XML panel to help law enforcement
- By Sara Michael
- Jan 26, 2003
OASIS LegalXML Lawful Intercept Technical Committee
A global standards consortium has created a technical committee to develop Extensible Markup Language standards to help law enforcement agencies find and share evidence on suspected criminal and terrorist activity.
The Organization for the Advancement of Structured Information Standards (OASIS) announced Jan. 23 that the LegalXML Lawful Intercept (LI-XML) technical committee was formed to help meet agencies' information-sharing needs.
XML enables agencies to tag data, facilitating information exchange among applications and systems. The committee will work on ways XML can help smooth the process of obtaining lawful intercepts and ensuring security and authenticity.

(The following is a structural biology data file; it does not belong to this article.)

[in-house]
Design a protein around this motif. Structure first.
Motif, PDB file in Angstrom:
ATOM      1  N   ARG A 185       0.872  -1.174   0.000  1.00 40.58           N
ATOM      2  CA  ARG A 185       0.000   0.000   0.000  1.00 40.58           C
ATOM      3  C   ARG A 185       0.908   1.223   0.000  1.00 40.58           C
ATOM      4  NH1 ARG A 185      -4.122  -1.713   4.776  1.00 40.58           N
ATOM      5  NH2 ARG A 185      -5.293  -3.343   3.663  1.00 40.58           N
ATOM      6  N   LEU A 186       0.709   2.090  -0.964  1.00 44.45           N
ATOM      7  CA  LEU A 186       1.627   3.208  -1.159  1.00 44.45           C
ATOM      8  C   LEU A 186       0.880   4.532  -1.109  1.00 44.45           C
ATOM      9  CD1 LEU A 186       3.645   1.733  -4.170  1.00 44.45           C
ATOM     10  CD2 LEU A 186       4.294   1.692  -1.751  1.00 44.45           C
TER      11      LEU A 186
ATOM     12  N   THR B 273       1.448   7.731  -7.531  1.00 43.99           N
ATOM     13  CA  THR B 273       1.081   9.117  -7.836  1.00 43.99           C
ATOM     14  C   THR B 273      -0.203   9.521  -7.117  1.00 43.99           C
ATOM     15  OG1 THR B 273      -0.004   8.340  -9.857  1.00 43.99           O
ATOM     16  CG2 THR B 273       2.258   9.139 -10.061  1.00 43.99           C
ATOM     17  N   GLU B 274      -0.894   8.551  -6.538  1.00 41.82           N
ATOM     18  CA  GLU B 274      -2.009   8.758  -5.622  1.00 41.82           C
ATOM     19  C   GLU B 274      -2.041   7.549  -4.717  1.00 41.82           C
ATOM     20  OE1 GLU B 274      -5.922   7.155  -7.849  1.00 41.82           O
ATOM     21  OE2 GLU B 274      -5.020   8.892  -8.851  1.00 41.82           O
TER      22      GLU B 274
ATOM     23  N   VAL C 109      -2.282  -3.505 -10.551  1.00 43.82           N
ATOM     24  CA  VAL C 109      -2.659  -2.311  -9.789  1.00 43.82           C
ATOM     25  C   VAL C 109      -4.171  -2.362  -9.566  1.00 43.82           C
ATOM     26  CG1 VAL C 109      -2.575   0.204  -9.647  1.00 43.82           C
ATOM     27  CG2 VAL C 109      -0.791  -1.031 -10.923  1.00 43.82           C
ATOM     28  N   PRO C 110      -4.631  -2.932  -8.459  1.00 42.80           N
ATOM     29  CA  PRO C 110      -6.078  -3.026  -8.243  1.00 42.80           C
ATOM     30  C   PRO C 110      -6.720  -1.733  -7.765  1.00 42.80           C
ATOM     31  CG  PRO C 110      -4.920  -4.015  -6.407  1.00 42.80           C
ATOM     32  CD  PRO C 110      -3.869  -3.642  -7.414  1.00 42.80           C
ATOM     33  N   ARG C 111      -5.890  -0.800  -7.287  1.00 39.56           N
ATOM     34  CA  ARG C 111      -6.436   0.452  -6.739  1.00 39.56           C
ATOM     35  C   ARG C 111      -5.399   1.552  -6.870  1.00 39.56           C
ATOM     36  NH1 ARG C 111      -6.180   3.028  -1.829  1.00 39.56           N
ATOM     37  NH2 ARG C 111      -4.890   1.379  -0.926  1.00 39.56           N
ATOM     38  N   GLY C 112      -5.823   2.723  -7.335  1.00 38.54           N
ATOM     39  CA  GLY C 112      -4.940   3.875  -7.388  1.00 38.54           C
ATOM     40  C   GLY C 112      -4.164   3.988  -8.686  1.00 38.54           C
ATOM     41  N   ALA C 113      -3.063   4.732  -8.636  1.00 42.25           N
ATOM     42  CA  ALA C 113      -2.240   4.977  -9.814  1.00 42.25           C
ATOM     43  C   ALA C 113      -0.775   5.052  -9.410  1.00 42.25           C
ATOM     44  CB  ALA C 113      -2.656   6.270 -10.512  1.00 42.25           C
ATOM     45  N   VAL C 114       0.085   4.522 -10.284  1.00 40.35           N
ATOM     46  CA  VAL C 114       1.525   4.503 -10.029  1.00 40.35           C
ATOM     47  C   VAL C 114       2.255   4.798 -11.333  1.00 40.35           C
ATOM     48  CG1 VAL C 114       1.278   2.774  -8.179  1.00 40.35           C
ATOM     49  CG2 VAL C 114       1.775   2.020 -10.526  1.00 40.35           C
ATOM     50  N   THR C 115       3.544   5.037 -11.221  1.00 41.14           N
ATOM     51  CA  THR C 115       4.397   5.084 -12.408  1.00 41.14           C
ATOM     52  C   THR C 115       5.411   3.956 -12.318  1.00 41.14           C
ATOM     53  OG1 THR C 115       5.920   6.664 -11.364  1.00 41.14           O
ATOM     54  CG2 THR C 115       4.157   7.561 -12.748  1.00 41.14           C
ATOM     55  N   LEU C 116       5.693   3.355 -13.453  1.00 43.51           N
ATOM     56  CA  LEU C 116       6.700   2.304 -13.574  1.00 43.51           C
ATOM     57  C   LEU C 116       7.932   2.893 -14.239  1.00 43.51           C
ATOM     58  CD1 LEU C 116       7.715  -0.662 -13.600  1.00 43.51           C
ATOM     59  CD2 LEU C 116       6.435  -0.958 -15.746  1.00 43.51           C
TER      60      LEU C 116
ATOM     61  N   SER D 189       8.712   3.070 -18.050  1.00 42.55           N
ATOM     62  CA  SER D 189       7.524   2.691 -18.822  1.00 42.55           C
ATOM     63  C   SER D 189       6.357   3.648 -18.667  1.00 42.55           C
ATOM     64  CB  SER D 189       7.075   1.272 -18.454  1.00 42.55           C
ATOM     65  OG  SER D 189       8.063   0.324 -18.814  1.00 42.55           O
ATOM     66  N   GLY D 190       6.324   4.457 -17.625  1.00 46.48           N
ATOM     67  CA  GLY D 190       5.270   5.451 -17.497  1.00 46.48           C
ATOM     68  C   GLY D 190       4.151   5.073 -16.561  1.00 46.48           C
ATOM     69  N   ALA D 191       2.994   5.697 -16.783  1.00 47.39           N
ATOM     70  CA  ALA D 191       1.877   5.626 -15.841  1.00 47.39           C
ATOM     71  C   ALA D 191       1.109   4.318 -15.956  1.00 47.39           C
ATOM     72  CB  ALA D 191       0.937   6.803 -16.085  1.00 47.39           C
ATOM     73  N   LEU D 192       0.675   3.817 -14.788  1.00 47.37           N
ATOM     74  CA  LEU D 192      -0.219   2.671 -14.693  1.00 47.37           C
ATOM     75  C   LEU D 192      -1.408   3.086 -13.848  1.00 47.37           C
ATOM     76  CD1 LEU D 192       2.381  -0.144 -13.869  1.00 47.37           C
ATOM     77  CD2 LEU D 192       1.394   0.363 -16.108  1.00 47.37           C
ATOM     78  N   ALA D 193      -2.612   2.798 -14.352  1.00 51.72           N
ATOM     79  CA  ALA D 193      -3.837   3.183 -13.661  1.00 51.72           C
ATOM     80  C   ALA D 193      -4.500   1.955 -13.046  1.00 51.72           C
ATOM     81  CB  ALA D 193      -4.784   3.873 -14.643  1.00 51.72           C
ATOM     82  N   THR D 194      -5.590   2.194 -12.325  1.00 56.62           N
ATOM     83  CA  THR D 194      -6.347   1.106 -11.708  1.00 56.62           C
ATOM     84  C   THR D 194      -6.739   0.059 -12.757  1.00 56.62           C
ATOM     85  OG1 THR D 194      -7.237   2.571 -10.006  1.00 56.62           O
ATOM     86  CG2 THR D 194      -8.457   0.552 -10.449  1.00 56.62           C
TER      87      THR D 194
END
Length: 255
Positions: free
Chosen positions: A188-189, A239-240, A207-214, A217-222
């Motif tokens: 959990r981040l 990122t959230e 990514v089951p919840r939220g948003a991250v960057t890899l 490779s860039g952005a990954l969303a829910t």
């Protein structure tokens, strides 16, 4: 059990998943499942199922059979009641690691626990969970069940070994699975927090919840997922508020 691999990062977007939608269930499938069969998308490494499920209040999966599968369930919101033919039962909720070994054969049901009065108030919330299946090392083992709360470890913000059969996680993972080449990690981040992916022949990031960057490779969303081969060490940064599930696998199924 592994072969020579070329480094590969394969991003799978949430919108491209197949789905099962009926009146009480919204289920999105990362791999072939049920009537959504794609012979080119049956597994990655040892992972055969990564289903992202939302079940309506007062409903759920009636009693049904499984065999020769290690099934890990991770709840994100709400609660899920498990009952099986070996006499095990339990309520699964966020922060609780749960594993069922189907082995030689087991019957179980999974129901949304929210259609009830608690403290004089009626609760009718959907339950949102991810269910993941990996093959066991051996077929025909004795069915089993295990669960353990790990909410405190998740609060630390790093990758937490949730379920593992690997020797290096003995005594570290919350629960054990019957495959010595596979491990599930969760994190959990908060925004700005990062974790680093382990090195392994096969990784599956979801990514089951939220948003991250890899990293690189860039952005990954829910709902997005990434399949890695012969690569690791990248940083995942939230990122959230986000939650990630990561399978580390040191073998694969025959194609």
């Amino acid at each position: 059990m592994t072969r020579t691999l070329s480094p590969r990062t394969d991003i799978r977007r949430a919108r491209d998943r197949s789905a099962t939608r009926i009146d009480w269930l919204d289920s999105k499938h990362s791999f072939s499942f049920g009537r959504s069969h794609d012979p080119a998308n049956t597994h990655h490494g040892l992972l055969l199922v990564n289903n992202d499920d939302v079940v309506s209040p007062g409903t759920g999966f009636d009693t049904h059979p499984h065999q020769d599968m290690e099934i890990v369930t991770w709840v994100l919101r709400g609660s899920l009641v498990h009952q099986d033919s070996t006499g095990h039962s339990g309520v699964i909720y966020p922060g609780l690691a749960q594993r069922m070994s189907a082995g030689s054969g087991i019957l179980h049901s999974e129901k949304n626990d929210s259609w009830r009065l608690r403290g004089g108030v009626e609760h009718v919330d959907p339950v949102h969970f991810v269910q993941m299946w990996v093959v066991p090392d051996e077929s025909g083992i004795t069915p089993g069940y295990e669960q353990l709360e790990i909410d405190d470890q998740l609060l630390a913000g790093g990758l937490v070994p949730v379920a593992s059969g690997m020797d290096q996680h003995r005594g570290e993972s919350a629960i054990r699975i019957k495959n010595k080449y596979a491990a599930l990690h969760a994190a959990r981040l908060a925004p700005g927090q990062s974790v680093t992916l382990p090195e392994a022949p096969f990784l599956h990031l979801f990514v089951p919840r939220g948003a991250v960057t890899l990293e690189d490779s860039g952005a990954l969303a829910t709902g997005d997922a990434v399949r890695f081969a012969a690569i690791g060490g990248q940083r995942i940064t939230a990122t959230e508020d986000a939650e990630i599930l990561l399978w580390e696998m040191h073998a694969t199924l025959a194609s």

Law enforcement agencies must go to several entities to obtain lawful intercepts while investigating suspected criminal or terrorist activity. The process is "slow, costly and inexplicably old-fashioned," said Tony Rutkowski, chairman of the OASIS LI-XML technical committee.
"Believe it or not, today, it's all done on paper," he said. "It's all done in ways built on some implicit trust."
Agencies can either get intercepts for phone calls such as when and to whom a call was placed, or intercepts for the actual information contained in the call. Court orders, subpoenas and records are typically faxed or mailed, making them hard to track and authenticity hard to ensure, Rutkowski said.
The committee is developing XML standards to structure the information to facilitate speed and trust between parties. The standards will also significantly lower operation costs, Rutkowski said.
Nearly 500 federal, state and local law enforcement agencies in the United States with intercept abilities will be able to use the standards. On the federal level, several dozen agencies such as the FBI, Secret Service and the Drug Enforcement Administration will benefit from the uniform schema, as will larger city police departments on the state level.